In the end, I fixed it anyway, but it would take me less time (and thus let me respond to more issues), and it would be fixed a lot faster if the person reporting it reduced and simplified the repro steps.

Every bug report should contain some extra information. The first and foremost should be the version of the software your bug report is written against. A bug filed against a no-longer-supported version is pretty pointless by itself, and you should check if it still reproduces with the current version.

This also applies towards non-released versions of the code, such as git's commit hash or SVN's revision number. If you aren't using a released version, but are living off a specific commit in version control, you should say what commit you are using, and definitely should check that a newer commit doesn't fix your issue.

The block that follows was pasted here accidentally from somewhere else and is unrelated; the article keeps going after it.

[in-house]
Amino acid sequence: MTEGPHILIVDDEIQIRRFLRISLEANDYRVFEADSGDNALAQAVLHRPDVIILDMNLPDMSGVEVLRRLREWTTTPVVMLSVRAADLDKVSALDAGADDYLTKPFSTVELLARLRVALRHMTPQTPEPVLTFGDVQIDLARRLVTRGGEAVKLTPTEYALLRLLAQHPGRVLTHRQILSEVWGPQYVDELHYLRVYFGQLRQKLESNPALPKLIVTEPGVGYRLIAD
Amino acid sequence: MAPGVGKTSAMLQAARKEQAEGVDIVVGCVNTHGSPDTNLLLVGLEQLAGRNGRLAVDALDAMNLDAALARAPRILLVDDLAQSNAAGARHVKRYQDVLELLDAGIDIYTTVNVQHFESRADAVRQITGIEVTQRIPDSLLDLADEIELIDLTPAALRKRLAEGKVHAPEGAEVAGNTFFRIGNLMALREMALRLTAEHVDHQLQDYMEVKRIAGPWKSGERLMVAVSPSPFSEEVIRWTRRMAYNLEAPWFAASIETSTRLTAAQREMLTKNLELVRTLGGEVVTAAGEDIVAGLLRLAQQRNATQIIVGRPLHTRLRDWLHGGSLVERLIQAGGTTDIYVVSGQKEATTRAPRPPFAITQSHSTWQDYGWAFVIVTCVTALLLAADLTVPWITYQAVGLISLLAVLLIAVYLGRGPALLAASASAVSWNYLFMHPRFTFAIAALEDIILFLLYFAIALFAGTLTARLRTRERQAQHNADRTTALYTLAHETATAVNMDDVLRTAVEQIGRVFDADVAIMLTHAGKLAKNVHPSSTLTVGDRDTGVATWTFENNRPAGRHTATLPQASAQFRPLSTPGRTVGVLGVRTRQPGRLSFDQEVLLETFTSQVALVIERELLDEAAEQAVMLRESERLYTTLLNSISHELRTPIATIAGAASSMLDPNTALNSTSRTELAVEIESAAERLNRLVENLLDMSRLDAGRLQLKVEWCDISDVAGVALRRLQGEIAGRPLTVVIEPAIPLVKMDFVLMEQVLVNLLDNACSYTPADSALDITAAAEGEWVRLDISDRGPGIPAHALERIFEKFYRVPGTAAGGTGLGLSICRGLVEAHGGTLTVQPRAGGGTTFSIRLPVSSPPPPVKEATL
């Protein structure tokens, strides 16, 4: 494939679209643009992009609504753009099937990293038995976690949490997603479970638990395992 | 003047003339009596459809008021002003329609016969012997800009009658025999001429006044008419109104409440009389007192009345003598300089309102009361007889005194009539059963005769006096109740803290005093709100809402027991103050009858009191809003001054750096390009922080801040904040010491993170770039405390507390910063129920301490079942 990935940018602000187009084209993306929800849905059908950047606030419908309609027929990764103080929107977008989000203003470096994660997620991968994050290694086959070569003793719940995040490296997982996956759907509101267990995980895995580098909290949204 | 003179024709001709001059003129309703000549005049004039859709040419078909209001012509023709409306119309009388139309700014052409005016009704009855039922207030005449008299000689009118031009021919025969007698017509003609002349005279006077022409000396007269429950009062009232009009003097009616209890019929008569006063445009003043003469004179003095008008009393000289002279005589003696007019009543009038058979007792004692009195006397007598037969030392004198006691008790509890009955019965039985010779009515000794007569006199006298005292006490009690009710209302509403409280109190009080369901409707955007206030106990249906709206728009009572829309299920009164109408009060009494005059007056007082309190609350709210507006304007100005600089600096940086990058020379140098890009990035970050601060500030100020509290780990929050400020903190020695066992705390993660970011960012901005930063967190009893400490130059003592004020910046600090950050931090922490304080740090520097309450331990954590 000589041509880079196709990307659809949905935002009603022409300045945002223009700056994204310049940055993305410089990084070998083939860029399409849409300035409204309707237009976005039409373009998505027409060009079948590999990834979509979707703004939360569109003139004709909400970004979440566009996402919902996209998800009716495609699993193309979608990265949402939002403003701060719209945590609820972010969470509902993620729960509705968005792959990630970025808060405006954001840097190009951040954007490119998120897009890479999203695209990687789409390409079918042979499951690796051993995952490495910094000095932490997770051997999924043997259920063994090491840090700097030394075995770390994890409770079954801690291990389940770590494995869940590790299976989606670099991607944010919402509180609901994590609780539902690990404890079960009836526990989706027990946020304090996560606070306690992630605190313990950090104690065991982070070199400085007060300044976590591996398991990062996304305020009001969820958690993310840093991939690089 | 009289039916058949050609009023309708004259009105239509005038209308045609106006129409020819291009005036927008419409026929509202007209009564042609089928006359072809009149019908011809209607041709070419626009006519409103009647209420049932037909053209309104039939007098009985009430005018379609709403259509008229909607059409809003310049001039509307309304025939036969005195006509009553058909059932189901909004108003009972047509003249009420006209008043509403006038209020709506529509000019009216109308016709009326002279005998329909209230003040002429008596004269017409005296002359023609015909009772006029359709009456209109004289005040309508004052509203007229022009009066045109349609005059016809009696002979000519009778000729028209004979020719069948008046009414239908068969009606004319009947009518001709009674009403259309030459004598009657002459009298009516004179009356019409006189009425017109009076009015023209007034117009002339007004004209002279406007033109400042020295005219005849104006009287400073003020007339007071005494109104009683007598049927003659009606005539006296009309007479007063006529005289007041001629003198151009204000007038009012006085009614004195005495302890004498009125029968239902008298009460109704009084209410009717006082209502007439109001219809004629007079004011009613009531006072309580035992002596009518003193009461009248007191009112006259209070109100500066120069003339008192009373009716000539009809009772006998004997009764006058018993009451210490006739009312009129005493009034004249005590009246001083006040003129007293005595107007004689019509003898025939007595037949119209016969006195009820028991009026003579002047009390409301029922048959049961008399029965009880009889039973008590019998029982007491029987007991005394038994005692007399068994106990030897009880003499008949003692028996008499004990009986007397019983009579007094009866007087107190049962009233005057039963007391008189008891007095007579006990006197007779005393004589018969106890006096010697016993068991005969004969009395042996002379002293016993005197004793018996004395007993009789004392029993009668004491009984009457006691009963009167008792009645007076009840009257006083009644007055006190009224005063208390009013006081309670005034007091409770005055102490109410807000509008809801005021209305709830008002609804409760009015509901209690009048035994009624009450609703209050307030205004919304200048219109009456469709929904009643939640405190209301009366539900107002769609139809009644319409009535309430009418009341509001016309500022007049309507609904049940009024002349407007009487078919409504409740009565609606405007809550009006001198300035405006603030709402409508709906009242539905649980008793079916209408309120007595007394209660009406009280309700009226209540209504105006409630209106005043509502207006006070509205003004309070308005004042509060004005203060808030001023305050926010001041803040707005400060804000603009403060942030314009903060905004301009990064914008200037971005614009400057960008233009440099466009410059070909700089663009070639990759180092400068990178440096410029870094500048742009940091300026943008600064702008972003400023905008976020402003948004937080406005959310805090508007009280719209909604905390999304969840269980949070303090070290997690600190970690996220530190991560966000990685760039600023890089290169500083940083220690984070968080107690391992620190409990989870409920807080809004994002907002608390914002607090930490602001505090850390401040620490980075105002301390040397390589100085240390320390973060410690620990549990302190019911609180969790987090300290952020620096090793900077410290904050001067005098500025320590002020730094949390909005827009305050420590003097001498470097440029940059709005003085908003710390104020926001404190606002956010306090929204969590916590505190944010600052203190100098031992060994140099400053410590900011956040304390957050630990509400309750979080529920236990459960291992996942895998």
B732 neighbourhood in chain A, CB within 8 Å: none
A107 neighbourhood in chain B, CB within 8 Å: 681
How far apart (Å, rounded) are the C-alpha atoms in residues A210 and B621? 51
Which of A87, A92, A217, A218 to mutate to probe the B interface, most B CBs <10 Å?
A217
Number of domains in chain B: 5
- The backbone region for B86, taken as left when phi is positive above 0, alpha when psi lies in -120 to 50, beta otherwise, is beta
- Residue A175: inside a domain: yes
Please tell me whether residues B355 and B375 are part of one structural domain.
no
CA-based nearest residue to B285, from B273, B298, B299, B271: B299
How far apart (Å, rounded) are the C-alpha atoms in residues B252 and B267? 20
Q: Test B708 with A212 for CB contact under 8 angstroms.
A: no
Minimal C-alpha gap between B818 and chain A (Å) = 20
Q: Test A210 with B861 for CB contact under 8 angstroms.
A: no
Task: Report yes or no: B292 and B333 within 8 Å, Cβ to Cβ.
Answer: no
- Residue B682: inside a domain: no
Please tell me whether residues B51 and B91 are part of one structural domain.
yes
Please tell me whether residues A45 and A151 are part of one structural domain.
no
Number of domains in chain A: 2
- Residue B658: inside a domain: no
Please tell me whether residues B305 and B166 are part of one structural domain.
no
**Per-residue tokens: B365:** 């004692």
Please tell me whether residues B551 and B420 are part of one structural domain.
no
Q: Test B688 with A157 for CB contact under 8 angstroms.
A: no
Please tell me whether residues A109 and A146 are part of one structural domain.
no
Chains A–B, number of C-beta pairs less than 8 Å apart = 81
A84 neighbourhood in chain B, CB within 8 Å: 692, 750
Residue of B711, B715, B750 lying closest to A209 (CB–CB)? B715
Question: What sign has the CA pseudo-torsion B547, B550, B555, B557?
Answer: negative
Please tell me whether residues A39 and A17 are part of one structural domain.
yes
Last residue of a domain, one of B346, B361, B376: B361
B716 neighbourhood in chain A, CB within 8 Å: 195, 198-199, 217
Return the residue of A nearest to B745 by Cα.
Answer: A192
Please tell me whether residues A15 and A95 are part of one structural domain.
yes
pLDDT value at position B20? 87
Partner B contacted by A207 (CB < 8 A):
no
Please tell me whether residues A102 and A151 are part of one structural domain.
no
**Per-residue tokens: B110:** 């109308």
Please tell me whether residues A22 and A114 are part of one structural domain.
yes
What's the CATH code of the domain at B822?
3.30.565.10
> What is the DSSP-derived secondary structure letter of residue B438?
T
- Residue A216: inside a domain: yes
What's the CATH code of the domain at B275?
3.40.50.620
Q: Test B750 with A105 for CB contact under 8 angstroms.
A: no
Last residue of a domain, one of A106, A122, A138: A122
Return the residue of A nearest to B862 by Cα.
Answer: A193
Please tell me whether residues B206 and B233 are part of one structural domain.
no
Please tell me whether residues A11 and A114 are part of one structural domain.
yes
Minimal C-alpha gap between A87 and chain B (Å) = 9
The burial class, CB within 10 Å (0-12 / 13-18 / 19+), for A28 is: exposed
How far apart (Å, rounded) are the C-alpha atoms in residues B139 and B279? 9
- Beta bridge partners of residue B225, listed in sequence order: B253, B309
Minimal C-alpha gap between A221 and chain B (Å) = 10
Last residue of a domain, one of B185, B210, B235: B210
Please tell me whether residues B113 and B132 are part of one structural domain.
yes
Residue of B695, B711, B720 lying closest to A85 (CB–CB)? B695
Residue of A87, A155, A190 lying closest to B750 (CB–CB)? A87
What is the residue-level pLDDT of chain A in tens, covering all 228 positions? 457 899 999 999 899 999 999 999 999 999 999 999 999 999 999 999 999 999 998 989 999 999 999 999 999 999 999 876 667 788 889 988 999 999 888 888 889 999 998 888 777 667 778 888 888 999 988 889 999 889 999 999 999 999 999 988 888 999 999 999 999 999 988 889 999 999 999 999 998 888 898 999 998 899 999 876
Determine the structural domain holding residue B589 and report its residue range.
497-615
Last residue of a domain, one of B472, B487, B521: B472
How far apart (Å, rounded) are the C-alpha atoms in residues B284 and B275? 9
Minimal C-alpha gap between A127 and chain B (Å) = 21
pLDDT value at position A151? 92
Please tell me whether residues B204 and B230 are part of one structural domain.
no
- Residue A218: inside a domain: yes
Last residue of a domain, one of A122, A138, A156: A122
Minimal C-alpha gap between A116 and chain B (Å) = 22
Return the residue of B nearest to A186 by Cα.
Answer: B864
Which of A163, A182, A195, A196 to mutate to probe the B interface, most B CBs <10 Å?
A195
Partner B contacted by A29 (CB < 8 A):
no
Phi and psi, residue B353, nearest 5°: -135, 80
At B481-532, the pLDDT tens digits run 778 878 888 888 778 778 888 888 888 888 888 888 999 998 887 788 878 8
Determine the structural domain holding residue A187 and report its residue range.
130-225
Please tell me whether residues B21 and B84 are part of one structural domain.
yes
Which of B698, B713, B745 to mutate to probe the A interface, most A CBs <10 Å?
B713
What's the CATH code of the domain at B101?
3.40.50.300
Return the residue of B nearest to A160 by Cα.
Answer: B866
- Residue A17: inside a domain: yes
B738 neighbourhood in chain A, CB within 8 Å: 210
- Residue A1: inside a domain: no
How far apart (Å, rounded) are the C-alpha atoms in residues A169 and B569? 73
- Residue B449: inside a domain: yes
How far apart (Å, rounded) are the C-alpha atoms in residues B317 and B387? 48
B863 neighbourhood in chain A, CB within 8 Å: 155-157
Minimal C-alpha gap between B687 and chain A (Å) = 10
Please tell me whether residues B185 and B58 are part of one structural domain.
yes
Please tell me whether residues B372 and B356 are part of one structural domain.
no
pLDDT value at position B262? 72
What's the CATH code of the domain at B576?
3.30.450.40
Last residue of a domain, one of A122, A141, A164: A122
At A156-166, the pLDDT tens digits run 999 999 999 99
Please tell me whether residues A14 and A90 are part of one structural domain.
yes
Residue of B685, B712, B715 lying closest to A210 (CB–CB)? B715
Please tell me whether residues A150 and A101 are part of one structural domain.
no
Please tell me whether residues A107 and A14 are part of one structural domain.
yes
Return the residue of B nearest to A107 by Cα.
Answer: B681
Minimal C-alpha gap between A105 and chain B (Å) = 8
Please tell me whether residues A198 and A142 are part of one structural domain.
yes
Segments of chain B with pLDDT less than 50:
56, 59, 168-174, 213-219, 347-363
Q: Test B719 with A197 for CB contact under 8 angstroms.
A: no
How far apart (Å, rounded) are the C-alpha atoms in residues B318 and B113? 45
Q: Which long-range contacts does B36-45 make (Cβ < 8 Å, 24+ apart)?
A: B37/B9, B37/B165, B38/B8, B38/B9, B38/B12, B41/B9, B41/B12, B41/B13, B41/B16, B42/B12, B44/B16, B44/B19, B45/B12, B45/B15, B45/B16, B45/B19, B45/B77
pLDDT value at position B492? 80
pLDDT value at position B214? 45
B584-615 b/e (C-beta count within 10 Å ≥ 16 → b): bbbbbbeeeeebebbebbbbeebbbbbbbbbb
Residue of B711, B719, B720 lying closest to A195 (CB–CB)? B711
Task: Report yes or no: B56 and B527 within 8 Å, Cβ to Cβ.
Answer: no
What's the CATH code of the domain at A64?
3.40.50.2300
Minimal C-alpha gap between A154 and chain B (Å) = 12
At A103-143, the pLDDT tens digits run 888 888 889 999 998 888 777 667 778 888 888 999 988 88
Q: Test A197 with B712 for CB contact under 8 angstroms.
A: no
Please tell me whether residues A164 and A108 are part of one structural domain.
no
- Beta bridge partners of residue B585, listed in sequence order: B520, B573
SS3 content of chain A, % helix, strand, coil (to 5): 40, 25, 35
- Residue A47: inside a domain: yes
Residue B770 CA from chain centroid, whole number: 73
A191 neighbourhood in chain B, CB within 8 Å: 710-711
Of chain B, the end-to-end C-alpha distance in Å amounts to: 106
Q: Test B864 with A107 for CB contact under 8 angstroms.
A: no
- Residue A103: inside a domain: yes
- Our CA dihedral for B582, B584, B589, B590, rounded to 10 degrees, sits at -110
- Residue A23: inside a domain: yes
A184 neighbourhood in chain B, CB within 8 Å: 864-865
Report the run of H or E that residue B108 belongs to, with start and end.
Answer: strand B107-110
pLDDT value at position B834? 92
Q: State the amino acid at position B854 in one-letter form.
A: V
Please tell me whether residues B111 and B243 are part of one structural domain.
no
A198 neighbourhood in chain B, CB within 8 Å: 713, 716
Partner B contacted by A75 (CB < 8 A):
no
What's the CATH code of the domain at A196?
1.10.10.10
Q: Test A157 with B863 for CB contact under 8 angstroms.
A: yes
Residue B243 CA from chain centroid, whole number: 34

Another important piece of extra information is the compiler version[2] and platform. Sometimes an issue can only be reproduced with a sufficiently new compiler, or maybe there was a bug in the compiler, and the compiler version is still used widely-enough to warrant implementing a workaround in the project itself.

This means that when reporting a bug, you should check if you can reproduce it using a different version of the same compiler, different compiler, or even different version of the standard library[3].

## Miscellaneous tips

While the text above explains the fundamentals of writing a good bug report, this part provides some (less important) miscellaneous tips towards writing a good bug report and addresses things that I've seen people do on Catch's issue tracker.

• Projects often have a template for reporting[4]

GitHub allows projects to provide a template that prefills the issue (bug report) text. If you are opening an issue against a project that has it, READ IT and use it. However, you should also remember to use your brain. As an example, Catch's issue template contains this part asking for extra information:

### Extra information
<!--
Fill in any extra information that might be important for your issue.

If your issue is a bugreport, definitely fill out at least the following.
-->
* Catch version: **v42.42.42**
* Operating System: **Joe's discount operating system**
* Compiler+version: **Hidden Dragon v1.2.3**